Interview: Rachael Nellist on her photo series The Industry

Photo Credit: Rachael Nellist

Photo Credit: Rachael Nellist

At Manchester School of Art‘s Degree Show this year, photography student Rachael Nellist‘s work stood out for both its aesthetic value and its emotive subject material. Her series The Industry photographically traces the lives of the animals born and reared in the UK to end up on our plates. Presented both as large-scale framed images and as printed and bound collections in Industry I and Industry II, Rachael’s curation of the images only serves to heighten their poignancy as we see images of alert, scared eyes staring out from behind bars give way to visceral, hellish images captured in the slaughter process. TSOTA‘s Ella Milburn asked Rachael some questions about her work.

How did you approach the people working in the farms and slaughterhouses? Were they eager to get involved?

Gaining access to these industrial places was something that I really struggled with during this project. The farms weren’t so bad. But when it came to the slaughterhouses it was very difficult. At the beginning of the project I managed to gain access to a few family run slaughterhouses, who were happy to let me walk round and photograph. However, I had always wanted to document the industry on a much larger scale so was really hoping to photograph a larger slaughterhouse. So I contacted over 50 different abattoirs before finally gaining access to only one, which happened to be one of the largest in the UK!

I can’t help but wonder – are you vegetarian or vegan?

Yes I am vegetarian, mainly because of my love for animals. So there were many aspects of this project that I found really hard. But going and visiting these slaughterhouses is definitely one of the most interesting things I have ever done and I feel that it’s such an important part of everyday life that more people should have the opportunity to see what happens. I feel privileged to have been granted access into an area of everyday life which is almost totally hidden from the public view.


Photo Credit: Rachael Nellist

I found the photos really shocking in spite of having seen a lot of documentaries on the same topic. I would have thought that as a medium video might be more effective, but I found your photos and especially the order in which they were presented so powerful. Do you have any thoughts on the difference between photography and other media to present this kind of emotive material?


Yes I considered creating some sort of documentary for this project, but in the end felt this wasn’t necessary. I’ve learnt through creating and exhibiting work that sometimes less is more. I feel choosing to present this project through photographs rather than video footage gives the viewer time to reflect and ask questions.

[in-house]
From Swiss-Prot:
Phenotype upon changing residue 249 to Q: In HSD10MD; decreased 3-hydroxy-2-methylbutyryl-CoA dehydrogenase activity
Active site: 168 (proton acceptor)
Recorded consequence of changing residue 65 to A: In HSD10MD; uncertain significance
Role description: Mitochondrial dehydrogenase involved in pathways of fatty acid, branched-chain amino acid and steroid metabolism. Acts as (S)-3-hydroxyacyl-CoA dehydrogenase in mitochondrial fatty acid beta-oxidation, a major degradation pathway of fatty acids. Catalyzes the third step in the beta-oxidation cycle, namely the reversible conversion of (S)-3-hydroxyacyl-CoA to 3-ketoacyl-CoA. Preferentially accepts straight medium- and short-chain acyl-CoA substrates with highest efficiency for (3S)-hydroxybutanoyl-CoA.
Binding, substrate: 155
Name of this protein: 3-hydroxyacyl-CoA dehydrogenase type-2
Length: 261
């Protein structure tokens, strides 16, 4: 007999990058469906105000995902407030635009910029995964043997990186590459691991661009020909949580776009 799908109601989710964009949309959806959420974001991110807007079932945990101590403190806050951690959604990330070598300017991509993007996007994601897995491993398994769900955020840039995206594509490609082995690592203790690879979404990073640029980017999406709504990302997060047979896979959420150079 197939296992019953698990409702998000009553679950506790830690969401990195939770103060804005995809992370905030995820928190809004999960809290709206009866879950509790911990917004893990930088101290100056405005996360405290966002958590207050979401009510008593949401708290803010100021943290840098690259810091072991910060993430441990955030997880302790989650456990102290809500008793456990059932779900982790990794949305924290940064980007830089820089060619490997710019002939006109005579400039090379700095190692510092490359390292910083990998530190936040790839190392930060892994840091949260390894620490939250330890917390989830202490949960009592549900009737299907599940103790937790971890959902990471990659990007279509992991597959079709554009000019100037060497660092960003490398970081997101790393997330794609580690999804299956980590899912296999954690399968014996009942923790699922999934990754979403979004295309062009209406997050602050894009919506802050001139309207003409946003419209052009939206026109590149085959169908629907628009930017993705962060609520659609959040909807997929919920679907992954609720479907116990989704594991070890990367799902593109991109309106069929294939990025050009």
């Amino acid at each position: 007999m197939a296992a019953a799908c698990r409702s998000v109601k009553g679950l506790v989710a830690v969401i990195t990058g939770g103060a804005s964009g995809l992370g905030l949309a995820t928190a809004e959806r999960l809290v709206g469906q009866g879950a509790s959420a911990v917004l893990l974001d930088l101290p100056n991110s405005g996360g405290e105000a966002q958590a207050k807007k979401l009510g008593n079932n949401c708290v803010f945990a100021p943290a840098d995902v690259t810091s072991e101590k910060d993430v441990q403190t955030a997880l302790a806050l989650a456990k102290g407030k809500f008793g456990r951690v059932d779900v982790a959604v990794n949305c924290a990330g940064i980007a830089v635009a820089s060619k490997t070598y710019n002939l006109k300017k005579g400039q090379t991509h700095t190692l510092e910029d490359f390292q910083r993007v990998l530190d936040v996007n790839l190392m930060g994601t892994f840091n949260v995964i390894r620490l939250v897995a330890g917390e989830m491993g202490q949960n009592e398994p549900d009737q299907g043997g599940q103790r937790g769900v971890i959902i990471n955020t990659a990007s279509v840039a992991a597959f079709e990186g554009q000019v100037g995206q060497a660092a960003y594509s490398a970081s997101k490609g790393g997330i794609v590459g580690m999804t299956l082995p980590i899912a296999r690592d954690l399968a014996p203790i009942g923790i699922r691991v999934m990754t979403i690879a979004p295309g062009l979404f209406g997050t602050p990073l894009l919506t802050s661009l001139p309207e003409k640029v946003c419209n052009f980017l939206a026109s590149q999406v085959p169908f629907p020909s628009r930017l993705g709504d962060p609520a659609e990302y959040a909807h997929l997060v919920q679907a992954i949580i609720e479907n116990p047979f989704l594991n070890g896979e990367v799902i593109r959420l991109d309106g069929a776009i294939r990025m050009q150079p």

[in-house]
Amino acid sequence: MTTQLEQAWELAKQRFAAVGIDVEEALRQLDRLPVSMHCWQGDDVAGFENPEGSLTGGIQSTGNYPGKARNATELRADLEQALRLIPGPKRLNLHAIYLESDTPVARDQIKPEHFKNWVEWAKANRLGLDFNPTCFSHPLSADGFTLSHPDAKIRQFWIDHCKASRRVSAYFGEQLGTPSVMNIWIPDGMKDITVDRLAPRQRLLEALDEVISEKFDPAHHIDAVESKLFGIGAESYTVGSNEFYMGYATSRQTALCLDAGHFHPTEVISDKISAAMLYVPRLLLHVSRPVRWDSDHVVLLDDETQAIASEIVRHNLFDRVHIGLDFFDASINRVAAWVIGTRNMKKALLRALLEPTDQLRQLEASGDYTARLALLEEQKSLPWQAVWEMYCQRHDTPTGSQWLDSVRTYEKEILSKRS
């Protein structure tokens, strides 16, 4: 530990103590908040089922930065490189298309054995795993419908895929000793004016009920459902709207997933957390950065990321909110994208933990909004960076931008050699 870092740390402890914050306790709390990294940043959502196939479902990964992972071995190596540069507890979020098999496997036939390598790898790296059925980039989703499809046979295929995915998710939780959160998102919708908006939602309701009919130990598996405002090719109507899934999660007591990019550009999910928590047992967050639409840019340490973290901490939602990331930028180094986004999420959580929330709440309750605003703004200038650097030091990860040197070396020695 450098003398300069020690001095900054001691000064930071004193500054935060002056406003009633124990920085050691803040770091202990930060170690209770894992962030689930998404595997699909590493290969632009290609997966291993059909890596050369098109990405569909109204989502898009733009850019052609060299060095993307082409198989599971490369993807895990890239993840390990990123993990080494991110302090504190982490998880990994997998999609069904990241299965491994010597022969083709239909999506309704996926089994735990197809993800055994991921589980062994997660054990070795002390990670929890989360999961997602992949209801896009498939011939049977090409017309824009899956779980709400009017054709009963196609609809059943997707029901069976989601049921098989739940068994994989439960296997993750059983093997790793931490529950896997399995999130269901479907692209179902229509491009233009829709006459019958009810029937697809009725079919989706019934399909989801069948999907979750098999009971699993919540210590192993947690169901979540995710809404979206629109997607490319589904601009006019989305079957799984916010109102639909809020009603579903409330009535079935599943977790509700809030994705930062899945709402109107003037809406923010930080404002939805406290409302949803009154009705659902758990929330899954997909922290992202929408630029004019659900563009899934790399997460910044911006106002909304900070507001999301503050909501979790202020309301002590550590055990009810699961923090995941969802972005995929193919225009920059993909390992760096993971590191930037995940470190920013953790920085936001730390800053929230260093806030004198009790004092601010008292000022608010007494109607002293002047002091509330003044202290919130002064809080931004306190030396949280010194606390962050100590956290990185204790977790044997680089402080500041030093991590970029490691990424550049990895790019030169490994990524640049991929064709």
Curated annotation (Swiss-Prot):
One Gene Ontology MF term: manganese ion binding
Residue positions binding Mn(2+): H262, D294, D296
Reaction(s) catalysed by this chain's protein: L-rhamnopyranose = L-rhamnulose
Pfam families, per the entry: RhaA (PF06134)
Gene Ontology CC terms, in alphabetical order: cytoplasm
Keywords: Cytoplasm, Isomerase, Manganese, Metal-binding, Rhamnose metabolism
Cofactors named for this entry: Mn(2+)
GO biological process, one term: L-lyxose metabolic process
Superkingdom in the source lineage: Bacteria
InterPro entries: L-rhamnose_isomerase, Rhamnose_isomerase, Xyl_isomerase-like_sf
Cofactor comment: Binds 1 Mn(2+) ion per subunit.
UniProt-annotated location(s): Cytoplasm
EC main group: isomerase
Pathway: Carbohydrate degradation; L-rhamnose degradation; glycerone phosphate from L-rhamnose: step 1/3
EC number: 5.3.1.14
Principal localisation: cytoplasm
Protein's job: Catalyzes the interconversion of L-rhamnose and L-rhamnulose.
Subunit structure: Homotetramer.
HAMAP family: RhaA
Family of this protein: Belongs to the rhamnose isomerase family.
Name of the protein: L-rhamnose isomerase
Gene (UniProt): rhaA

How was it for you personally being present in the slaughter process? Looking at the photos the animals look so intelligent and aware of what’s happening, scared in some. Did they seem that way to you?

It was hard and very upsetting to visit such a large slaughterhouse, and to witness the actual slaughter happen. I followed the animals from when they get off the trucks to when they leave the slaughterhouse after being cut down into neat little packages of meat. But the slaughterhouses that I visited worked in a way so the animals saw little of what was going on. Although these are just the slaughterhouses that let me photograph, I can’t really comment on the many others within the UK. 


They were led single file through narrow metal corridors. It was when the animal was second in line to slaughter where it began to panic. And this was extremely distressing to watch. Watching the animal realise what was happening and to watch them struggle as they try to escape this metal enclosed corridor, just continually bashing against the sides with such fear in their eyes. That was definitely the worst moment during creating this work. But yes I think we completely underestimate the intelligence and emotions of these animals.


What was your aim in creating this project?

One of the main inspirations and motives for creating a project on the meat industry has been looking at how this industry isn’t widely represented or documented. With my photography I attempted to create thought provoking images relating to an everyday commodity. My concept throughout this work has been to present an honest exploration into an aspect of life which interests me greatly. Although it is hard to approach a topic like this without an agenda, or bias, I tried to photograph in a way which accurately presented the scenes in front of me in an honest documentary way.


To see more of Rachael’s work visit her website or pre-order her zine.


Photo Credit: Rachael Nellist

Photo Credit: Rachael Nellist